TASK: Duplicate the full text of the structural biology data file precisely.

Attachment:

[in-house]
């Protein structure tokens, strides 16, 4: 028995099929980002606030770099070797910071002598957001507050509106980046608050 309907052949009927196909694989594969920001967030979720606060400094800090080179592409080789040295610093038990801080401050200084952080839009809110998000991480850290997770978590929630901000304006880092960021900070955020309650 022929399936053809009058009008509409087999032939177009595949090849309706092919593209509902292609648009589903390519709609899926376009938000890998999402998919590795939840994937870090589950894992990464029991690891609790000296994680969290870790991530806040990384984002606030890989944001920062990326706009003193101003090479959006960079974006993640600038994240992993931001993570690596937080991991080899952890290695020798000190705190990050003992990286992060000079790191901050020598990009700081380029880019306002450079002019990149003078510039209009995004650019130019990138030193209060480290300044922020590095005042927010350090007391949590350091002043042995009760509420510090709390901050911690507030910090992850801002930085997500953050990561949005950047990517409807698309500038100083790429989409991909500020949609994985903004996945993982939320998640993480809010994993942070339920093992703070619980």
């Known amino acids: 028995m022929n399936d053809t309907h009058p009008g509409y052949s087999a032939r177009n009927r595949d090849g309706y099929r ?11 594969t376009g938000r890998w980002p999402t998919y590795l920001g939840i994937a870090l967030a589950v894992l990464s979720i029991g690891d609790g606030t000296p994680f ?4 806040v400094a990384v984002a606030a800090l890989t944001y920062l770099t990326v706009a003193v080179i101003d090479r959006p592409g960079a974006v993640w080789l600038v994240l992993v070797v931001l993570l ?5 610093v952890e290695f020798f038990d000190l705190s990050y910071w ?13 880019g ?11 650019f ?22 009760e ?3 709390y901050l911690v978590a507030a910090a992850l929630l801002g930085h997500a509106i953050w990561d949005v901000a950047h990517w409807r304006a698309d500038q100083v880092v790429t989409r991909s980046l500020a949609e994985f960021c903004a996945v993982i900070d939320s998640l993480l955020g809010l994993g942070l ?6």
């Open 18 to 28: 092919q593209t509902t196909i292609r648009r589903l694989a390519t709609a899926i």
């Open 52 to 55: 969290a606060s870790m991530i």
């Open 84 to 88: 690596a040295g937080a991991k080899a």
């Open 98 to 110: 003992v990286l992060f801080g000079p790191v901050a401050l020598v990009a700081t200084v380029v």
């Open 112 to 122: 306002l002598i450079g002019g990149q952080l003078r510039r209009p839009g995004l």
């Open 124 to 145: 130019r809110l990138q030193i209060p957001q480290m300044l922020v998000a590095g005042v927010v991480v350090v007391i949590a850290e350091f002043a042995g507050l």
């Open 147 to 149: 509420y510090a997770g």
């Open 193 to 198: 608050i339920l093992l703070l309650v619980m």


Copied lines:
[in-house]
């Protein structure tokens, strides 16, 4: 028995099929980002606030770099070797910071002598957001507050509106980046608050 309907052949009927196909694989594969920001967030979720606060400094800090080179592409080789040295610093038990801080401050200084952080839009809110998000991480850290997770978590929630901000304006880092960021900070955020309650 022929399936053809009058009008509409087999032939177009595949090849309706092919593209509902292609648009589903390519709609899926376009938000890998999402998919590795939840994937870090589950894992990464029991690891609790000296994680969290870790991530806040990384984002606030890989944001920062990326706009003193101003090479959006960079974006993640600038994240992993931001993570690596937080991991080899952890290695020798000190705190990050003992990286992060000079790191901050020598990009700081380029880019306002450079002019990149003078510039209009995004650019130019990138030193209060480290300044922020590095005042927010350090007391949590350091002043042995009760509420510090709390901050911690507030910090992850801002930085997500953050990561949005950047990517409807698309500038100083790429989409991909500020949609994985903004996945993982939320998640993480809010994993942070339920093992703070619980």
């Known amino acids: 028995m022929n399936d053809t309907h009058p009008g509409y052949s087999a032939r177009n009927r595949d090849g309706y099929r ?11 594969t376009g938000r890998w980002p999402t998919y590795l920001g939840i994937a870090l967030a589950v894992l990464s979720i029991g690891d609790g606030t000296p994680f ?4 806040v400094a990384v984002a606030a800090l890989t944001y920062l770099t990326v706009a003193v080179i101003d090479r959006p592409g960079a974006v993640w080789l600038v994240l992993v070797v931001l993570l ?5 610093v952890e290695f020798f038990d000190l705190s990050y910071w ?13 880019g ?11 650019f ?22 009760e ?3 709390y901050l911690v978590a507030a910090a992850l929630l801002g930085h997500a509106i953050w990561d949005v901000a950047h990517w409807r304006a698309d500038q100083v880092v790429t989409r991909s980046l500020a949609e994985f960021c903004a996945v993982i900070d939320s998640l993480l955020g809010l994993g942070l ?6």
């Open 18 to 28: 092919q593209t509902t196909i292609r648009r589903l694989a390519t709609a899926i």
């Open 52 to 55: 969290a606060s870790m991530i």
């Open 84 to 88: 690596a040295g937080a991991k080899a």
């Open 98 to 110: 003992v990286l992060f801080g000079p790191v901050a401050l020598v990009a700081t200084v380029v």
């Open 112 to 122: 306002l002598i450079g002019g990149q952080l003078r510039r209009p839009g995004l």
């Open 124 to 145: 130019r809110l990138q030193i209060p957001q480290m300044l922020v998000a590095g005042v927010v991480v350090v007391i949590a850290e350091f002043a042995g507050l």
């Open 147 to 149: 509420y510090a997770g």
């Open 193 to 198: 608050i339920l093992l703070l309650v619980m």